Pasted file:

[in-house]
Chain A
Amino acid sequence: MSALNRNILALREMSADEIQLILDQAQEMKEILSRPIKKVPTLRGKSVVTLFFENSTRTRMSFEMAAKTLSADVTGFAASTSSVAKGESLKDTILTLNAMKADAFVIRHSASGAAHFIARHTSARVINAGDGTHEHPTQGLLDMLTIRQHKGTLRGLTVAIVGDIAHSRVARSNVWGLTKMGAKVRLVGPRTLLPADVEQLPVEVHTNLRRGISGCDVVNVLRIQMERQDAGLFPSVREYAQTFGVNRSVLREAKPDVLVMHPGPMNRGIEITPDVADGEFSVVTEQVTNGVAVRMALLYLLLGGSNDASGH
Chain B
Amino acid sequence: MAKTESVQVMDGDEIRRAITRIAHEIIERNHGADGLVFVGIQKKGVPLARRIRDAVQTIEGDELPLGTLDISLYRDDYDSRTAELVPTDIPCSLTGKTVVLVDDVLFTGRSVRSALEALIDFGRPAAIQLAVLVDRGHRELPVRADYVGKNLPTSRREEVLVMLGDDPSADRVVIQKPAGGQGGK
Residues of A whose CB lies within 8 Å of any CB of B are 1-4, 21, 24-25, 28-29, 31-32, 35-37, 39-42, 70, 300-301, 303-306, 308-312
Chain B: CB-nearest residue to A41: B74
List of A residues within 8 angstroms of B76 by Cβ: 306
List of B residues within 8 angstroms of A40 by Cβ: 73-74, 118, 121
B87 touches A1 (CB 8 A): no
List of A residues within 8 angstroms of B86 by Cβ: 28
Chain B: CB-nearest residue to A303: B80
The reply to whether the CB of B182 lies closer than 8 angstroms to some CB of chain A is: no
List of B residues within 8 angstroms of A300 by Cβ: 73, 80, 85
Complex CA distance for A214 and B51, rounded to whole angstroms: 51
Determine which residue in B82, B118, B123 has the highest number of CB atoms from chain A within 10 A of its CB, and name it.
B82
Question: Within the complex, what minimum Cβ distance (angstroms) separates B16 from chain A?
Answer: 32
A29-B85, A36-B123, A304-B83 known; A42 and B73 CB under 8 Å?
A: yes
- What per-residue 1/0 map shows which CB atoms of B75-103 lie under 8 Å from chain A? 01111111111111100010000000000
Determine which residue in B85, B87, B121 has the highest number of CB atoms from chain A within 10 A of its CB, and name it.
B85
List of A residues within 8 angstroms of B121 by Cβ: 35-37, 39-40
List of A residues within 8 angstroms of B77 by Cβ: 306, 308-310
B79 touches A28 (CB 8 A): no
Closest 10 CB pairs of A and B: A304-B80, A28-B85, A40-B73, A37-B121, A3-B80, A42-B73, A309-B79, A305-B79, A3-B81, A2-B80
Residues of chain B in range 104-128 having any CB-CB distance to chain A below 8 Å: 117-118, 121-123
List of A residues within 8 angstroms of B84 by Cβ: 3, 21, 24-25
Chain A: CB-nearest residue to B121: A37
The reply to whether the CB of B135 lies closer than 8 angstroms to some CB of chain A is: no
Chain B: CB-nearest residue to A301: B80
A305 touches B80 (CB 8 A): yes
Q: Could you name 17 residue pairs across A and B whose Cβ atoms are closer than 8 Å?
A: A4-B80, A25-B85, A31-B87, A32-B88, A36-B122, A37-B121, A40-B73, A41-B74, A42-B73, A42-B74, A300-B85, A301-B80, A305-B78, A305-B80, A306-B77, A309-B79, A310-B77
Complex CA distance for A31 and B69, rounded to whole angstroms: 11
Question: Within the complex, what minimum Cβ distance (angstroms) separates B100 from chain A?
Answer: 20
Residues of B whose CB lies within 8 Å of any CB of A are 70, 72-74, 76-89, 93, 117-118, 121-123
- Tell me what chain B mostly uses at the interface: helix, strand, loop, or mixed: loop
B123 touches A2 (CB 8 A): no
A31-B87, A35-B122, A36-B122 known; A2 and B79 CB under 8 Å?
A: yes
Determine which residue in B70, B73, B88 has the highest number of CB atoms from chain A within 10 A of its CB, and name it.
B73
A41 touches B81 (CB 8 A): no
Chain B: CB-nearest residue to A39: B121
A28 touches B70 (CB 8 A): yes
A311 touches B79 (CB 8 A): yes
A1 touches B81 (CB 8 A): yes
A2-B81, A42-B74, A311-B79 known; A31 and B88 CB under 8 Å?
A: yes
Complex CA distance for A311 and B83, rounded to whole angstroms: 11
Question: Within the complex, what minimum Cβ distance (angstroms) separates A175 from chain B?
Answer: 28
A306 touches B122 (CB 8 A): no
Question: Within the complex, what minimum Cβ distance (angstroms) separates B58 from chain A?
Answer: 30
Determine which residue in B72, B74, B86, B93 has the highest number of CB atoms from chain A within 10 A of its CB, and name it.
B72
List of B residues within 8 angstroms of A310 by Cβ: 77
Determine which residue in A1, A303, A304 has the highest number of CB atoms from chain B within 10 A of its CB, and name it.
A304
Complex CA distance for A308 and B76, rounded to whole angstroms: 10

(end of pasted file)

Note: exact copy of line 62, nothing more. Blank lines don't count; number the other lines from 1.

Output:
List of B residues within 8 angstroms of A310 by Cβ: 77